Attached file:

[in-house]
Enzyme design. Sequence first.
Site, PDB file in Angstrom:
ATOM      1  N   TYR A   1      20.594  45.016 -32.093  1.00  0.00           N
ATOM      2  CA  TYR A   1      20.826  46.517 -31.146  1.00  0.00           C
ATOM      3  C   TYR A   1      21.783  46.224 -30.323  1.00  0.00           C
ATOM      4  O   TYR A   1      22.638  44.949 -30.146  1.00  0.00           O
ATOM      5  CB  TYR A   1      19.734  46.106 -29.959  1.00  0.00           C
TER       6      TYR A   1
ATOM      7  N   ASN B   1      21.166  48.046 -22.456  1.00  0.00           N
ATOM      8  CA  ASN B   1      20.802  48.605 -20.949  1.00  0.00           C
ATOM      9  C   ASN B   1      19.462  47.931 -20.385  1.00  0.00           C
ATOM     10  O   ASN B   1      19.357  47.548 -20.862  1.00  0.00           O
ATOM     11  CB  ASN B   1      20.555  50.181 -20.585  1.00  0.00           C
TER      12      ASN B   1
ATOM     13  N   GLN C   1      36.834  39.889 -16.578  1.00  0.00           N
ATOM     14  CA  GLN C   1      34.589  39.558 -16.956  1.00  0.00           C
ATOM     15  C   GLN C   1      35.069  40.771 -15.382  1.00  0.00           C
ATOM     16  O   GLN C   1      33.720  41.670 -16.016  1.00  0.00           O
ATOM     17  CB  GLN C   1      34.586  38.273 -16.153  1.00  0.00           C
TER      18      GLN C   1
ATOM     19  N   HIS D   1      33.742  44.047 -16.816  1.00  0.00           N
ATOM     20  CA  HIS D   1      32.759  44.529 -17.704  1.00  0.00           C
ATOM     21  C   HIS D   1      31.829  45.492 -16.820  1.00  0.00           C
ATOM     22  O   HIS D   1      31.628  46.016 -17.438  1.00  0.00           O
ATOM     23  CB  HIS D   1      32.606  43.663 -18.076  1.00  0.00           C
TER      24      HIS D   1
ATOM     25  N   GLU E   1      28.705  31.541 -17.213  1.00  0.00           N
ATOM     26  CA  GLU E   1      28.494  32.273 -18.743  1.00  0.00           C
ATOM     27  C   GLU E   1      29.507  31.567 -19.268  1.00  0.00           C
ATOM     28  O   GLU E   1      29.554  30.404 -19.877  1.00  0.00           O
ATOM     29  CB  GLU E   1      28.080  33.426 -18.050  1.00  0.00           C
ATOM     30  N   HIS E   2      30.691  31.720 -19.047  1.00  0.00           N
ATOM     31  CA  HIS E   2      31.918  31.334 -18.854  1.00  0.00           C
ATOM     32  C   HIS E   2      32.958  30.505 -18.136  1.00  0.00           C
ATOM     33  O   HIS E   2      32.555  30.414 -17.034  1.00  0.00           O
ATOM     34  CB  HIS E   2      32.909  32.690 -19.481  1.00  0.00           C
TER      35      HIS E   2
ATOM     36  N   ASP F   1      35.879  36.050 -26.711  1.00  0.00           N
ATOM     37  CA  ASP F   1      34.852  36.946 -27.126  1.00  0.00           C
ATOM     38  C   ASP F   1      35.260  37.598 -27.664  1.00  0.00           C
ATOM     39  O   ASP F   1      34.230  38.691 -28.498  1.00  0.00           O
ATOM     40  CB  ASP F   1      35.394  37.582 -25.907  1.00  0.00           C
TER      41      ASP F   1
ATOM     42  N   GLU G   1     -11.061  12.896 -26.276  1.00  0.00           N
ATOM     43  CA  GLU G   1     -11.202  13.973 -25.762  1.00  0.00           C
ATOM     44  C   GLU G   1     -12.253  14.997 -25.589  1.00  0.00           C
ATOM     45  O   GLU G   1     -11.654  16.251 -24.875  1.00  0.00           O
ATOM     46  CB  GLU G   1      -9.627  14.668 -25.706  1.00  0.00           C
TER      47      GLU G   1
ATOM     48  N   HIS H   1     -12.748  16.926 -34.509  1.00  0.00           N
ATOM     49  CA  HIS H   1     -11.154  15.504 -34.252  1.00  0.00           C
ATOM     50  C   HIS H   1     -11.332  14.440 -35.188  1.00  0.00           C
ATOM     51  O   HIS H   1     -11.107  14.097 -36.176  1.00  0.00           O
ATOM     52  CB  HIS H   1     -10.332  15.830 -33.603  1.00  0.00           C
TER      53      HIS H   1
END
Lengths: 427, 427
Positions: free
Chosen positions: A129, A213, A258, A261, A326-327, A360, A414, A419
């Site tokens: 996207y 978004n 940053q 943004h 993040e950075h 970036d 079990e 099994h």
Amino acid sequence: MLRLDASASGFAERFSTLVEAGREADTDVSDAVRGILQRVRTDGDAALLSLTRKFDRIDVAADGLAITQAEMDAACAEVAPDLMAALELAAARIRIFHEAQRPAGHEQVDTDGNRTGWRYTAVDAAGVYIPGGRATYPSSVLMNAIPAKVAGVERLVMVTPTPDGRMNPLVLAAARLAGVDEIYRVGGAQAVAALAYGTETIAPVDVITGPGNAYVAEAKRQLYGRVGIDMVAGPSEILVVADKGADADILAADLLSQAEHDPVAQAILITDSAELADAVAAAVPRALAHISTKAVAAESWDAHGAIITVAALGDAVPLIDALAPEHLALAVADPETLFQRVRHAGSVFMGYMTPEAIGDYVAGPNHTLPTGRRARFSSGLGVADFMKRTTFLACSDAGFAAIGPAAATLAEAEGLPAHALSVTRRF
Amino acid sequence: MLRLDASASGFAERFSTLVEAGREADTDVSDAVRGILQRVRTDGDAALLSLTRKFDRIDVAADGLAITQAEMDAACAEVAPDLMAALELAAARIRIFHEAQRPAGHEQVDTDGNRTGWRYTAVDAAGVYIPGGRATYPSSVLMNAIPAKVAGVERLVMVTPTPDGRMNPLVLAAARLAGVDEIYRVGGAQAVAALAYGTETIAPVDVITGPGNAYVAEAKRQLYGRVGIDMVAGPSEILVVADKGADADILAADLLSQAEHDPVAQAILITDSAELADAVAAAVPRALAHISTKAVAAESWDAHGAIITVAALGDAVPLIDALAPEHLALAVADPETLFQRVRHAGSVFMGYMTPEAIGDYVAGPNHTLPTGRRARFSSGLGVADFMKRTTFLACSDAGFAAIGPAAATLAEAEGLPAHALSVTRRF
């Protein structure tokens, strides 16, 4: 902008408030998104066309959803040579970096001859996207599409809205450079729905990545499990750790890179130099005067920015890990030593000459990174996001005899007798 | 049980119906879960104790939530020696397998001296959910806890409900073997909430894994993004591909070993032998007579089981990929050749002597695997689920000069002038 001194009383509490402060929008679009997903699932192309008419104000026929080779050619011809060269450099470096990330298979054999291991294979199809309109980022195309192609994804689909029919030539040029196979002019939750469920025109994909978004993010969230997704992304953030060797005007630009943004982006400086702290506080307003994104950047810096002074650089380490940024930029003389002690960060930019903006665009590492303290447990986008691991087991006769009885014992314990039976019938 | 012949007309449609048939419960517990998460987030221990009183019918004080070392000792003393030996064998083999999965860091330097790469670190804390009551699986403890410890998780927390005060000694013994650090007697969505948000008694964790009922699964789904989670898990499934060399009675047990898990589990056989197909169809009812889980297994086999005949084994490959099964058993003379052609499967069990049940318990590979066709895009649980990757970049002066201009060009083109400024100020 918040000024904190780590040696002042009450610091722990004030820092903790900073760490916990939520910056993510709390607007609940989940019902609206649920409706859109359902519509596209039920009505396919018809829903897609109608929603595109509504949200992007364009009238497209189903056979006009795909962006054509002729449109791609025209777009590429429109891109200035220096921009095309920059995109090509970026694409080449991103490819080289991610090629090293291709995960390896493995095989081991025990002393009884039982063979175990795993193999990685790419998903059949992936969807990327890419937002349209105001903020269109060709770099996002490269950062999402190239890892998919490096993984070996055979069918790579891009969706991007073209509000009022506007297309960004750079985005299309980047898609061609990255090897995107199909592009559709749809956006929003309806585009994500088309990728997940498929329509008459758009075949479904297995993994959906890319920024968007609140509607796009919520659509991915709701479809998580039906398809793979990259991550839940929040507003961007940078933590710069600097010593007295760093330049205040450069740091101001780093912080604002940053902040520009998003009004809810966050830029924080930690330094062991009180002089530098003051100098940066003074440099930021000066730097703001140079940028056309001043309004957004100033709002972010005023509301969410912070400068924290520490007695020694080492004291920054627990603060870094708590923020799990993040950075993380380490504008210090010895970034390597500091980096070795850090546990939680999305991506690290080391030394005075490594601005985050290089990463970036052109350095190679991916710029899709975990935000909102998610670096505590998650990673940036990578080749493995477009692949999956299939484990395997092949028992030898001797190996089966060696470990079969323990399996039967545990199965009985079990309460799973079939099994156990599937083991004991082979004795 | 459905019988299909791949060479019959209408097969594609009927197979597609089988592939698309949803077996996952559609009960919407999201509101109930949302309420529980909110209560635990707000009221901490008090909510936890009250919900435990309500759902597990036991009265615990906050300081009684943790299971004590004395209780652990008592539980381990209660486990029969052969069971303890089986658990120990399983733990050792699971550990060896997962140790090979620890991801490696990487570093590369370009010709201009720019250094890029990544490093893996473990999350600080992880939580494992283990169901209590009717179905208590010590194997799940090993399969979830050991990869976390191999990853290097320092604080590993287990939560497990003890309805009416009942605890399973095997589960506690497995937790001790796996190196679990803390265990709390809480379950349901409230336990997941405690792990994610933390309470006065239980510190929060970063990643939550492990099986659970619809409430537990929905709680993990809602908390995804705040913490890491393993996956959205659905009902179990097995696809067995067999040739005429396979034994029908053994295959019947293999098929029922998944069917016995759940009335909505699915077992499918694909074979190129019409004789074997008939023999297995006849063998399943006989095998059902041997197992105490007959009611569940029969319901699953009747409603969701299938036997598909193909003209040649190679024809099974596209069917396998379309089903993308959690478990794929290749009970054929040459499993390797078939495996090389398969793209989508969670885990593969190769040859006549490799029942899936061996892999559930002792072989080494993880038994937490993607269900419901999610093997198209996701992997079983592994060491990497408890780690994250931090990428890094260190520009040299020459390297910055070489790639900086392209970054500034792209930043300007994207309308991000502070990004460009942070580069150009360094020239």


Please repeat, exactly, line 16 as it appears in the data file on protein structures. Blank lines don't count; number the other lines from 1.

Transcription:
ATOM     13  N   GLN C   1      36.834  39.889 -16.578  1.00  0.00           N